Brexit Bidding Implications

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Whatever your views on the Brexit referendum result, we are in a period of unprecedented uncertainty and change. What does this mean for those considering bidding for public sector contracts? Perhaps it will change nothing or perhaps everything:

Nothing

If we consider the detail of procurement procedure, the impact of Brexit will be less than you might imagine. Firstly nothing at all will change until we legally leave the EU. This will be two years after Article 50 is instigated and that may not be until early 2017. This will leave the status quo until 2019. Even then if we remain members of the single market we will have to maintain the current EU driven public procurement laws. 

Additionally, under the EU, we are signatories to the World Trade Organisation’s Government Procurement Agreement. This treaty opens government procurement markets amongst its members. We would certainly want to remain a signatory to the GPA because its other members include countries we are keen to develop more business with, such as China and the USA. A key condition of being a signatory is maintaining standards of openness, transparency and non-discrimination in public procurement, rather like we do under EU rules.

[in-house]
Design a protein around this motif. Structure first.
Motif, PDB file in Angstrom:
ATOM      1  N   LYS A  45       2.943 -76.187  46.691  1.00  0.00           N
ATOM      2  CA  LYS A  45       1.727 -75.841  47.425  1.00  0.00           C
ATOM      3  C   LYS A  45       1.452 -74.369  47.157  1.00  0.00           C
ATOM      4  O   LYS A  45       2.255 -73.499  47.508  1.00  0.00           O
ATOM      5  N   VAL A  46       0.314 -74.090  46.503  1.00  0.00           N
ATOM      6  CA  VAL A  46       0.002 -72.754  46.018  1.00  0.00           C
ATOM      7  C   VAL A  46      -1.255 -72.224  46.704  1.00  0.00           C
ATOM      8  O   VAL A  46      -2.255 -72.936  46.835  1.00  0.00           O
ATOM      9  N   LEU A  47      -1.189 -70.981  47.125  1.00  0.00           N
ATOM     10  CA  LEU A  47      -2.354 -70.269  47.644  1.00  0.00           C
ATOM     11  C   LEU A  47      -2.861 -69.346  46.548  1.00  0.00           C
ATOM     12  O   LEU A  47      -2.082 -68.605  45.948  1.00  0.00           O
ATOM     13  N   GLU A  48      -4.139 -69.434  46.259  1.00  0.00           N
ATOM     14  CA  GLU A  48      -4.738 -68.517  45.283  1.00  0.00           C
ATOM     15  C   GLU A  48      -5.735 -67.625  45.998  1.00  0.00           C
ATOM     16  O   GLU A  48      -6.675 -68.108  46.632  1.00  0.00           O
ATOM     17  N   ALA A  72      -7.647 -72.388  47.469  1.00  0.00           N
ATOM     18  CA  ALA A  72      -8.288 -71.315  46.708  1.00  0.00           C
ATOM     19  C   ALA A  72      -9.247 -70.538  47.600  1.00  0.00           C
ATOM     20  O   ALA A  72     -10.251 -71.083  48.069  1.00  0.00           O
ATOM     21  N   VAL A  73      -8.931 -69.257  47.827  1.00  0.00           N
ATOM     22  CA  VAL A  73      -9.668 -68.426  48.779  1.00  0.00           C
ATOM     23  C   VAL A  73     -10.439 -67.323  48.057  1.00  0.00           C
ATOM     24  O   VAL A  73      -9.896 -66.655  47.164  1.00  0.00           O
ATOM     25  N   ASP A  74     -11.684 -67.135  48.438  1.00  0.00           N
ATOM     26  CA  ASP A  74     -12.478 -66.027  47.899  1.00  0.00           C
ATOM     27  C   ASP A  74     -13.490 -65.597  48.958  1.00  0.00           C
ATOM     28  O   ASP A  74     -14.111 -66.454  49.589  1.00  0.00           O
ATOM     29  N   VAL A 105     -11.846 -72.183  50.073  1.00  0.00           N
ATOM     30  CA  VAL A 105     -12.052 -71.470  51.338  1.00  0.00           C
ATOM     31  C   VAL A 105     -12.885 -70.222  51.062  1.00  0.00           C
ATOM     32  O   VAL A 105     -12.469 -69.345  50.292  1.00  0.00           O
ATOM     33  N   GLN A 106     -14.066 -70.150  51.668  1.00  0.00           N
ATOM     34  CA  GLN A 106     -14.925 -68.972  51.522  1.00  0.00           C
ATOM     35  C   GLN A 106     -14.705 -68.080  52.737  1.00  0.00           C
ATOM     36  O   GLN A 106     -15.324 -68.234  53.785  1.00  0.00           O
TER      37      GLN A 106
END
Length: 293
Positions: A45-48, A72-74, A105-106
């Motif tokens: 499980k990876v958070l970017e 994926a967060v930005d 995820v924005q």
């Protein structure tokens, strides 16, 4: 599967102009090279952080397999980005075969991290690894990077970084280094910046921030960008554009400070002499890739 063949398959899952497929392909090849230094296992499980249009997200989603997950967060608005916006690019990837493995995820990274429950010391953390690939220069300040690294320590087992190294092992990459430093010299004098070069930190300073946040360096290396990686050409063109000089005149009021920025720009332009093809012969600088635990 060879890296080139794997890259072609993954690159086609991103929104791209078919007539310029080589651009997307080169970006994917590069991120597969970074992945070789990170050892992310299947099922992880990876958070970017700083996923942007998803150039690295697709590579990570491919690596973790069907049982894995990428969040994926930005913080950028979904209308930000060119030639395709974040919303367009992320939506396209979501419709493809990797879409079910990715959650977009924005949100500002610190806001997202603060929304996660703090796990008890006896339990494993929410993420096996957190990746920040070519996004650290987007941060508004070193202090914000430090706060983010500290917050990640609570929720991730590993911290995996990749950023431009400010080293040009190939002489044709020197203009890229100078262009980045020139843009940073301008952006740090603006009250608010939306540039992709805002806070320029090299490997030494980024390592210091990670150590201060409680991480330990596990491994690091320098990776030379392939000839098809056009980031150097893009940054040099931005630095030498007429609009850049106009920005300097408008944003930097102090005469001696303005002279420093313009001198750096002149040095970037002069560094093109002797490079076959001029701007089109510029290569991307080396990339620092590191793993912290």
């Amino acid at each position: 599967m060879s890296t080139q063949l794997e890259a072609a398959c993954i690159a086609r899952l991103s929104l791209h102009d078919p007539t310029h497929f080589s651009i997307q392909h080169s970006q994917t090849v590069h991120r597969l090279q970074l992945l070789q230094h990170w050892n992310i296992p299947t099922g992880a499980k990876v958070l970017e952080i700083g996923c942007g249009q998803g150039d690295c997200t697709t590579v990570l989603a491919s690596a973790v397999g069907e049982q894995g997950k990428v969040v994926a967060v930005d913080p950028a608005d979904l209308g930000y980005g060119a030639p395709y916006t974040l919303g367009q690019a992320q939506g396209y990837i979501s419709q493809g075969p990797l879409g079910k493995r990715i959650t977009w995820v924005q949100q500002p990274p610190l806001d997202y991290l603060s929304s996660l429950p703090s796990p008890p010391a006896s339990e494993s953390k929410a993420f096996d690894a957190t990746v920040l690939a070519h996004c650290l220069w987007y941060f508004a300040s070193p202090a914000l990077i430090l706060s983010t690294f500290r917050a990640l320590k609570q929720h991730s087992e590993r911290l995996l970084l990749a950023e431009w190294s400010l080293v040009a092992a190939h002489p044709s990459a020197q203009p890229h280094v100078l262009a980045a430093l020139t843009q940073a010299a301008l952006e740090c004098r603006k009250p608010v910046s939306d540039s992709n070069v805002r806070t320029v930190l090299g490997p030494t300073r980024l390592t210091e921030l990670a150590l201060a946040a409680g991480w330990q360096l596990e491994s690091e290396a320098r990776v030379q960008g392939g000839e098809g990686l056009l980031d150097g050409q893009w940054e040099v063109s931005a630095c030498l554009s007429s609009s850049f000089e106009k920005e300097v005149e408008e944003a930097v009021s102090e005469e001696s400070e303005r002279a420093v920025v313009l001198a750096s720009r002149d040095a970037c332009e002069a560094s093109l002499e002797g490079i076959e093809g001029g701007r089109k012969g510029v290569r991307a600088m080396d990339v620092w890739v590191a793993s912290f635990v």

There are some areas in which a future administration may wish to tinker with procurement policy, for example the application of spend quotas for local employment and content, as is practiced in the USA.

Everything

However our business environment is facing a prolonged period of uncertainty, for at least two years and maybe longer. This may leave the economy stagnant or slow growing at best. More businesses may consider this a good time to develop their public sector business to diversify their client base and provide a relatively reliable income stream. This would lead to greater competition in those public markets and effective bidding will be even more critical. 

Of course if the economy performs worse than forecast, tax receipts will reduce and this may lead to further budget cuts and austerity. The government will continue to buy much of what is does now, but those who offer savings will be at an advantage, and those offering new methods to improve service delivery and create ongoing efficiency, even more so. The government will always invest to save. 

Please contact me at john@fernausolutions.co.uk if you want to discuss this or other bidding issues.